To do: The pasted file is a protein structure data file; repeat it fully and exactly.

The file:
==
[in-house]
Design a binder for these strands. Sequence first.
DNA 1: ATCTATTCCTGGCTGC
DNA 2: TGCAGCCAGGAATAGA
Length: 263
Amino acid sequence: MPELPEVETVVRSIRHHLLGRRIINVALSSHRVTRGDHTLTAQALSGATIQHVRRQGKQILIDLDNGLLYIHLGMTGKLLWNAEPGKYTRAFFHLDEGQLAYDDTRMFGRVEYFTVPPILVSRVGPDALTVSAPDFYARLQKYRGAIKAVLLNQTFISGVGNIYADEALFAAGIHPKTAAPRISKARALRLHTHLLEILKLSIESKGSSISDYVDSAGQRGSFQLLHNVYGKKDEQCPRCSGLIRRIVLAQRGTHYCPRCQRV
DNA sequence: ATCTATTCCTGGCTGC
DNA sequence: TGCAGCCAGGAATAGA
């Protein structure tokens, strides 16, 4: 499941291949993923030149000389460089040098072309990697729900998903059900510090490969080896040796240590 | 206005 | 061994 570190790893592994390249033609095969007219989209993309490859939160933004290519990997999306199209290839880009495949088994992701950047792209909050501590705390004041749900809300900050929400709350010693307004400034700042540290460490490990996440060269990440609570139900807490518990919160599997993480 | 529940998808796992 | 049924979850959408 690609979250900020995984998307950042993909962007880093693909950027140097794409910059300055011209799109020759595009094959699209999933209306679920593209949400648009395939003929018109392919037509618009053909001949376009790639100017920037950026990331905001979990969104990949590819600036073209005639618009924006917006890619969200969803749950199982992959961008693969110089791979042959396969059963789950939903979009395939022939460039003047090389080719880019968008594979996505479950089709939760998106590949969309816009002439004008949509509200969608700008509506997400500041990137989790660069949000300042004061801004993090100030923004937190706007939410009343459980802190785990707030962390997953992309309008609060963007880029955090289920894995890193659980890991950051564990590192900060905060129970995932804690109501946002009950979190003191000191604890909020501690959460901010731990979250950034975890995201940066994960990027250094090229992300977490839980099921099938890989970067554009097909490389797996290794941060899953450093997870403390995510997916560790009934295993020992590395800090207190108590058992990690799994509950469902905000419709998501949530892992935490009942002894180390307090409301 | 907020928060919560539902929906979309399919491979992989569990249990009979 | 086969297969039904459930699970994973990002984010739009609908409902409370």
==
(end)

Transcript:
[in-house]
Design a binder for these strands. Sequence first.
DNA 1: ATCTATTCCTGGCTGC
DNA 2: TGCAGCCAGGAATAGA
Length: 263
Amino acid sequence: MPELPEVETVVRSIRHHLLGRRIINVALSSHRVTRGDHTLTAQALSGATIQHVRRQGKQILIDLDNGLLYIHLGMTGKLLWNAEPGKYTRAFFHLDEGQLAYDDTRMFGRVEYFTVPPILVSRVGPDALTVSAPDFYARLQKYRGAIKAVLLNQTFISGVGNIYADEALFAAGIHPKTAAPRISKARALRLHTHLLEILKLSIESKGSSISDYVDSAGQRGSFQLLHNVYGKKDEQCPRCSGLIRRIVLAQRGTHYCPRCQRV
DNA sequence: ATCTATTCCTGGCTGC
DNA sequence: TGCAGCCAGGAATAGA
């Protein structure tokens, strides 16, 4: 499941291949993923030149000389460089040098072309990697729900998903059900510090490969080896040796240590 | 206005 | 061994 570190790893592994390249033609095969007219989209993309490859939160933004290519990997999306199209290839880009495949088994992701950047792209909050501590705390004041749900809300900050929400709350010693307004400034700042540290460490490990996440060269990440609570139900807490518990919160599997993480 | 529940998808796992 | 049924979850959408 690609979250900020995984998307950042993909962007880093693909950027140097794409910059300055011209799109020759595009094959699209999933209306679920593209949400648009395939003929018109392919037509618009053909001949376009790639100017920037950026990331905001979990969104990949590819600036073209005639618009924006917006890619969200969803749950199982992959961008693969110089791979042959396969059963789950939903979009395939022939460039003047090389080719880019968008594979996505479950089709939760998106590949969309816009002439004008949509509200969608700008509506997400500041990137989790660069949000300042004061801004993090100030923004937190706007939410009343459980802190785990707030962390997953992309309008609060963007880029955090289920894995890193659980890991950051564990590192900060905060129970995932804690109501946002009950979190003191000191604890909020501690959460901010731990979250950034975890995201940066994960990027250094090229992300977490839980099921099938890989970067554009097909490389797996290794941060899953450093997870403390995510997916560790009934295993020992590395800090207190108590058992990690799994509950469902905000419709998501949530892992935490009942002894180390307090409301 | 907020928060919560539902929906979309399919491979992989569990249990009979 | 086969297969039904459930699970994973990002984010739009609908409902409370």